COMMENTARY

Will no one think of the tweens? Kids need more queer stories than just "Heartstopper"

The beloved Netflix series has been renewed but other stories of queer youth are largely missing

Published May 28, 2022 11:00AM (EDT)

Kit Connor and Joe Locke in "Heartstopper" (Netflix)
Kit Connor and Joe Locke in "Heartstopper" (Netflix)

At 12 years old, I was first yelled at by a teacher for reading. 

The class was Pre-Algebra, and though it was perfectly fine to read before the bell rang, my reading material, "Clan of the Cave Bear," was "not appropriate for a girl my age," according to the teacher. Perhaps the controversial novel with very adult scenes was not the best use of my time, but the school library didn't hold much for me, either. We had "Charlotte's Web," yet the rise of middle grade books was still years away.

Like many children, I read above my age. I wanted to see beyond my world. I wanted to read about kids like me, but also different from me and especially, older than me.

Tweens, children usually considered between the ages of 8-12, are a specific, misunderstood and often-ignored age group. The middle child of childhood, they can switch from a stuffed animal-loving kid to a music-blaring, moody teen, sometimes in the same moment (trust me: I'm parenting one). Netflix's "Heartstopper" is one of the few mainstream shows in recent memory that actually is aimed at this age group. The show was recently renewed for two more seasons, to the joy of viewers of all ages.

But "Heartstopper" is the outlier, bucking a disturbing trend: canceling shows that center queer youths and storylines — and a larger, national one: negating queer stories for all children. 

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Based on the graphic novel by Alice Oseman, "Heartstopper" follows a group of young British teens as they navigate school, friends and matters of the heart. Although an ensemble piece, its main character is Charlie (Joe Locke), who is gay and may be falling for his seemingly straight classmate, the kind boy he sits next to, Nick (Kit Connor). Other young characters, all compelling and with meaningful storylines, include Tao (William Gao), Elle (Yasmin Finney), Tara (Corinna Brown) and Darcy (Kizzy Edgell).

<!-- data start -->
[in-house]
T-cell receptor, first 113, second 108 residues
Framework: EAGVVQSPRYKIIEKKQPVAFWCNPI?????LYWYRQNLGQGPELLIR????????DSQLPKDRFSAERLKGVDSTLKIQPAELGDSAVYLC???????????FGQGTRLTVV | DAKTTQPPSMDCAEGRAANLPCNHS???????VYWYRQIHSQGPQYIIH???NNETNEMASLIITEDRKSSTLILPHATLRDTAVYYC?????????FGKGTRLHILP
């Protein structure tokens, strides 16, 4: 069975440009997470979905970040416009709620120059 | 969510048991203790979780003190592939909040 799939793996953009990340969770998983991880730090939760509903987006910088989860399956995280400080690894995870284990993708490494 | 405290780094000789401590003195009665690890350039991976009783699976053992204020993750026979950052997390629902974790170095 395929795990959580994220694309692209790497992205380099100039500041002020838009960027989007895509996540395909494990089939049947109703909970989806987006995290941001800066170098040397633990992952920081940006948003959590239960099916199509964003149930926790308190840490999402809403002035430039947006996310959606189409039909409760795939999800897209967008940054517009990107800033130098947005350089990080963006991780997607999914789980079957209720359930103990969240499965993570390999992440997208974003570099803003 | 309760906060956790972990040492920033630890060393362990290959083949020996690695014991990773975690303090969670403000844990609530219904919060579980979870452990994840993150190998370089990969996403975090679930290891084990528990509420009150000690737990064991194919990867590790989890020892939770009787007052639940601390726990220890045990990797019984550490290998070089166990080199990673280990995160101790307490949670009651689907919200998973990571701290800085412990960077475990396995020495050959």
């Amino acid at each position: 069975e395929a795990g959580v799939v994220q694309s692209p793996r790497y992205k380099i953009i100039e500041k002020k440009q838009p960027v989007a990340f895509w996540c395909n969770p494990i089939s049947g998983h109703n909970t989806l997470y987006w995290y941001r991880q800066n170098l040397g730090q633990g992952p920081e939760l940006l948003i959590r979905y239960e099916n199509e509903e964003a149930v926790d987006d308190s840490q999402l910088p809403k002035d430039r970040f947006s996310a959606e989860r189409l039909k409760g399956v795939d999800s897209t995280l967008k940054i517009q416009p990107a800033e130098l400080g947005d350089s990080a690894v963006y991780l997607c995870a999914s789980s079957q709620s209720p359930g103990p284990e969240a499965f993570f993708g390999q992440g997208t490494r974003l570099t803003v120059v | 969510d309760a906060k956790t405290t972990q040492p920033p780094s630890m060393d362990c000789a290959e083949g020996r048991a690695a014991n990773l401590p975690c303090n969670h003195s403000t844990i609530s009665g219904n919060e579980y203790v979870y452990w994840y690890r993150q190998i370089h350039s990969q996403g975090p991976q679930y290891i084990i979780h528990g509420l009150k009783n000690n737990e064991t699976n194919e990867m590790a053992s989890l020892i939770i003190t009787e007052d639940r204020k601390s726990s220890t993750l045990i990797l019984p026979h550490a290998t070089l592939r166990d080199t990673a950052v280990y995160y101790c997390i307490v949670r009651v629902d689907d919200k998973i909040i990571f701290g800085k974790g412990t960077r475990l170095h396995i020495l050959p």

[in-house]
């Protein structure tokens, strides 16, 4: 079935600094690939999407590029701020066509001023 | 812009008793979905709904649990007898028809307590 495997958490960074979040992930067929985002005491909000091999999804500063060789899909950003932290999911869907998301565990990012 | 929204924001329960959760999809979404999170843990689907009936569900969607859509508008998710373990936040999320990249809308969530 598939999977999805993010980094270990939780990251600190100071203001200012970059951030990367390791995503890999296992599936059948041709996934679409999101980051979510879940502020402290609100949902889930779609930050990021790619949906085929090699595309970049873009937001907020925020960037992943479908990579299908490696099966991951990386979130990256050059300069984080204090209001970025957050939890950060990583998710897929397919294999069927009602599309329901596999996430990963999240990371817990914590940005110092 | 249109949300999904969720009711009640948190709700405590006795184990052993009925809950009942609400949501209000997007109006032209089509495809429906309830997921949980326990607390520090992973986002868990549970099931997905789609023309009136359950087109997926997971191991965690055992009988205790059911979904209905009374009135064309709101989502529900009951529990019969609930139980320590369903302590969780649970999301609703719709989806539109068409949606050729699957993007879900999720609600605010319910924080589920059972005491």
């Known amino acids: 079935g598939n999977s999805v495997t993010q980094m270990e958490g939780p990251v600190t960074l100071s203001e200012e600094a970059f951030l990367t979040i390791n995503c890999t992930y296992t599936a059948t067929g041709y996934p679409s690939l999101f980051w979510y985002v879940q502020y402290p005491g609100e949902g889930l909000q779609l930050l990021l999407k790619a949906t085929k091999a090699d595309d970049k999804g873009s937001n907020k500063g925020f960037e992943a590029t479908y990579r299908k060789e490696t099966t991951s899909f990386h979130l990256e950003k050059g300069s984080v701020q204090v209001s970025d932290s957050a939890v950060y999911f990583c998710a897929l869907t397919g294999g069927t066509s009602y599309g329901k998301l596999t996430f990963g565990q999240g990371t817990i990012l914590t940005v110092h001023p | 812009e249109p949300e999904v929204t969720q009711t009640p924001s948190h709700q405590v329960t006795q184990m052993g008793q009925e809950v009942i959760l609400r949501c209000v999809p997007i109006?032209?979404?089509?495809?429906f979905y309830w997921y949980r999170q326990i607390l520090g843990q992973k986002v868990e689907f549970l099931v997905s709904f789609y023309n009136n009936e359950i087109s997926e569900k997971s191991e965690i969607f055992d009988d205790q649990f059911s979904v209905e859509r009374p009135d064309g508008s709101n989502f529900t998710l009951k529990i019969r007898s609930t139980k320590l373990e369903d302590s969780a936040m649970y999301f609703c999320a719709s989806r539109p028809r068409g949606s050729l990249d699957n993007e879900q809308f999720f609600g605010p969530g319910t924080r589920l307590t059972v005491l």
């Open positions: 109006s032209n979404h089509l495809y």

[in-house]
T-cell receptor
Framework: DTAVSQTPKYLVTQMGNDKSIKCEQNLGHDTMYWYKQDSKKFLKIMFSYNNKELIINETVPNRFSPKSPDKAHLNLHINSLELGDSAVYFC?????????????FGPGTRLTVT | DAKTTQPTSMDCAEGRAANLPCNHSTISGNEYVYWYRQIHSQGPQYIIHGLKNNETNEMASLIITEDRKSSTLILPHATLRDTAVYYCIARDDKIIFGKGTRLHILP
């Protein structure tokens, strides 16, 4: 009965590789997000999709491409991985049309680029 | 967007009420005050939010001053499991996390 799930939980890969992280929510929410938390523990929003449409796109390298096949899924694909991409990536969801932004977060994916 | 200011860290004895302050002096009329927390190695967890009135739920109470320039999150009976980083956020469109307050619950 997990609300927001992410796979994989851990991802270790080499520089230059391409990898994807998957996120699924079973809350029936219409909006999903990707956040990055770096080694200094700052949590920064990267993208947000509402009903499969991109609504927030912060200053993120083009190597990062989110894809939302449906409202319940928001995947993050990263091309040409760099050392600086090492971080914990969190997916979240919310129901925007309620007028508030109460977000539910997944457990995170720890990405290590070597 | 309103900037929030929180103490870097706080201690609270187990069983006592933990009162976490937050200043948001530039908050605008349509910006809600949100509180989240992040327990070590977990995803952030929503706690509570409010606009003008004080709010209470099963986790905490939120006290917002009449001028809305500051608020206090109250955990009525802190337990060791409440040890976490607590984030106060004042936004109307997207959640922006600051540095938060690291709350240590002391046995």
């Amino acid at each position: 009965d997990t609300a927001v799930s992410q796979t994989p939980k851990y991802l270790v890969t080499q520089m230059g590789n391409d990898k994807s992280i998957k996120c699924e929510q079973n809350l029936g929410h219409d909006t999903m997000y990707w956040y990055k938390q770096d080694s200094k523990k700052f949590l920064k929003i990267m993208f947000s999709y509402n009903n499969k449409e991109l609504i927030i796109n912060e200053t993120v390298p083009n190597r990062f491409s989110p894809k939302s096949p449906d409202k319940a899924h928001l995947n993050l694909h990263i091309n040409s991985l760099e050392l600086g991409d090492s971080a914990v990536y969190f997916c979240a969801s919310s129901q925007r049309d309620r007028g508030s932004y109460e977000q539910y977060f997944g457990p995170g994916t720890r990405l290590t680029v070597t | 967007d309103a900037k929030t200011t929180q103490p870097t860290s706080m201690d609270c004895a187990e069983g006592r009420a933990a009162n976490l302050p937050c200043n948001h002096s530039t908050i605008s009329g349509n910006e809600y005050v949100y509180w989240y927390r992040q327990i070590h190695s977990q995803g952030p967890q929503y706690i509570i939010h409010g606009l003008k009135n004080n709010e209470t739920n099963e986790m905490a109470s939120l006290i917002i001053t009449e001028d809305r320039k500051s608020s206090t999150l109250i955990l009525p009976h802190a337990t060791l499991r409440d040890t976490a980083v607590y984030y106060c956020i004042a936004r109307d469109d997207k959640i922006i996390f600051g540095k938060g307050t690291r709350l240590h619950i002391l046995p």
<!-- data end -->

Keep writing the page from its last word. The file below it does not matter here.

It's important for kids to realize they don't have to have all the answers or even any of the answers right now. 

"Heartstopper" is heart-stoppingly earnest. Its main characters are young high-schoolers, and both the shorter format of each episode as well some of the visual touches, like cartoon fireworks and fall leaves and hearts, reflect that. It's nice to see the graphic novel — a hugely popular format with teen and middle school readers — find its way onto the screen in a way that feels natural, like an extension of the characters' feelings. Like their doodles come to life. 

And "Heartstopper" was embraced with open arms. It landed on Netflix's Top 10 English TV titles in just two days and received a 100% approval rating on Rotten Tomatoes. The Guardian called it "possibly the loveliest show on TV." Viewers swooned, with many adults saying they wished a show like this had existed when they were kids, but kid viewers (like my own) also stayed riveted. 

"Love, Victor" met a different fate.

Love VictorMichael Cimino as Victor and George Sear as Benji in "Love Victor" (Hulu)A spin-off of the film "Love, Simon," based on a YA novel by Becky Albertalli, the Hulu series follows a young teen named Victor (Michael Cimino) as he starts a new high school and comes out, finding friends, love interests and all the confusion, joy and hardships of growing up. 

Like "Heartstopper," the show is sweet but not saccharine, positive but not unrealistic, and it centers a child of color. Despite a wildly positive response — in their review, Paste Magazine said about the show: "What more could you want in a half-hour series?"— the series was canceled after only three seasons, with its bittersweet final season debuting in June. Them wrote the cancellation was "distressing proof that nothing pure lasts forever." Newsweek theorized that the show was canceled "for the reason many high school dramas are ended: Because the show has run out of high school."

Not so with "The Baby-Sitters Club."

The Baby-Sitters ClubThe Baby-Sitters Club (Netflix)